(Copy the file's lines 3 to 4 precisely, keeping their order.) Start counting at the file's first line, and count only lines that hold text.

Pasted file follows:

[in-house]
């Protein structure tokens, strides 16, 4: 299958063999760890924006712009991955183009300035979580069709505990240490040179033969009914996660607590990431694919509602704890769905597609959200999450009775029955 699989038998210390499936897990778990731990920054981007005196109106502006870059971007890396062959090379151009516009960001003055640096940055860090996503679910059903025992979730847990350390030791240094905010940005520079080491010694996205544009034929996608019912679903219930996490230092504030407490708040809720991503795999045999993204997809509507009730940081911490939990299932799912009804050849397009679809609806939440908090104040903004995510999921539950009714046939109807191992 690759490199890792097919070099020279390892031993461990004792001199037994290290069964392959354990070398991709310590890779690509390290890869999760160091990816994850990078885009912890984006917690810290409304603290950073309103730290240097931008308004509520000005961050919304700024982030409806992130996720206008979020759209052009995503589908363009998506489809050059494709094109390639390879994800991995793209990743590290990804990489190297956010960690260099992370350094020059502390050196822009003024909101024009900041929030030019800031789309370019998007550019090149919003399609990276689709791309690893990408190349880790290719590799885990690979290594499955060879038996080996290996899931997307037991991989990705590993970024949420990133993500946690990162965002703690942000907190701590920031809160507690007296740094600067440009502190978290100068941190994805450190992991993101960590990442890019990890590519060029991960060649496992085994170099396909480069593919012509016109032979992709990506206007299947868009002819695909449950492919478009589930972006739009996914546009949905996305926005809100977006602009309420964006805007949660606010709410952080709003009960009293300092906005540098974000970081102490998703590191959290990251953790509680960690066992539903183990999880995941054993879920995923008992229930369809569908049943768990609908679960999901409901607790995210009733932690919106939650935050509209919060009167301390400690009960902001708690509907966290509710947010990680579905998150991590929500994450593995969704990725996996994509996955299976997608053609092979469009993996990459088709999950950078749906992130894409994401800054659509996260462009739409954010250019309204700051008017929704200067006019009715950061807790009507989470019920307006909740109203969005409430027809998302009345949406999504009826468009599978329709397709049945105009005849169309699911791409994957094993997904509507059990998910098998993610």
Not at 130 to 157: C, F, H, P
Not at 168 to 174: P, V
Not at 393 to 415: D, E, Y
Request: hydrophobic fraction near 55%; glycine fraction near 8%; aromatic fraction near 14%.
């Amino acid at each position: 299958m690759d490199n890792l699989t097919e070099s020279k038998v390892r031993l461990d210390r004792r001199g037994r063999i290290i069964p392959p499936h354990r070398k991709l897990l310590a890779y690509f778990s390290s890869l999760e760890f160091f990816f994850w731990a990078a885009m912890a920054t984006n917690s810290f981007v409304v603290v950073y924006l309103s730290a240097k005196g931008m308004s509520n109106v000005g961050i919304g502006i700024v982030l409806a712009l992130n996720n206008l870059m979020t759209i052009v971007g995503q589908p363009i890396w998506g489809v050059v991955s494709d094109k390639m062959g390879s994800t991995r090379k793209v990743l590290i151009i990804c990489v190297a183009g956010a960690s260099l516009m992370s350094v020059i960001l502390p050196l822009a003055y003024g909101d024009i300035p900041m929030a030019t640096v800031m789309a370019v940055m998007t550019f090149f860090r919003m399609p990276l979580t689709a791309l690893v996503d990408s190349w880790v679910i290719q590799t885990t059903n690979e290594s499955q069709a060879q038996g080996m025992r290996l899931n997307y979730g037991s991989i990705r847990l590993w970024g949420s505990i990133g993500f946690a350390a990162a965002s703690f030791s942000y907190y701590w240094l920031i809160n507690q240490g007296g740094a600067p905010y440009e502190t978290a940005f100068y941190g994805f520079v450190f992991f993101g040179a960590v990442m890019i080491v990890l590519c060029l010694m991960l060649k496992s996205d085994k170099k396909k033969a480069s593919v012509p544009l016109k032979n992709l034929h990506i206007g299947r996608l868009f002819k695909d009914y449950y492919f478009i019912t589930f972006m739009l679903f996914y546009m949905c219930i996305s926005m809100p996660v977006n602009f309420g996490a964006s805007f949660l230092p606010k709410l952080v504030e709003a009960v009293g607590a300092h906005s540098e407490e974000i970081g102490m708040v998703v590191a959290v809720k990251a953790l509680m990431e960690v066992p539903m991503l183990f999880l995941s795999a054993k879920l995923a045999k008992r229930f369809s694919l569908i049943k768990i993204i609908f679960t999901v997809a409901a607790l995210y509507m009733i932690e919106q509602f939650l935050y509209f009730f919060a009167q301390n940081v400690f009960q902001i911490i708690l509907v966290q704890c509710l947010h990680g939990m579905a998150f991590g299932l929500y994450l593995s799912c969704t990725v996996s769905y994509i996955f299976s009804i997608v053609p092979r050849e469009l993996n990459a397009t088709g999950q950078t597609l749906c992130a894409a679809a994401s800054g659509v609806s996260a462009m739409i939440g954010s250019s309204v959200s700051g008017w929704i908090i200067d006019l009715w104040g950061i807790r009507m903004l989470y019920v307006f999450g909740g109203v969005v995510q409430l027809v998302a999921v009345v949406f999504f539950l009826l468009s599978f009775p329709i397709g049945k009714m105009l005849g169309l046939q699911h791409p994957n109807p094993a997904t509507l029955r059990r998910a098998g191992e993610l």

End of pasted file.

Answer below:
Not at 130 to 157: C, F, H, P
Not at 168 to 174: P, V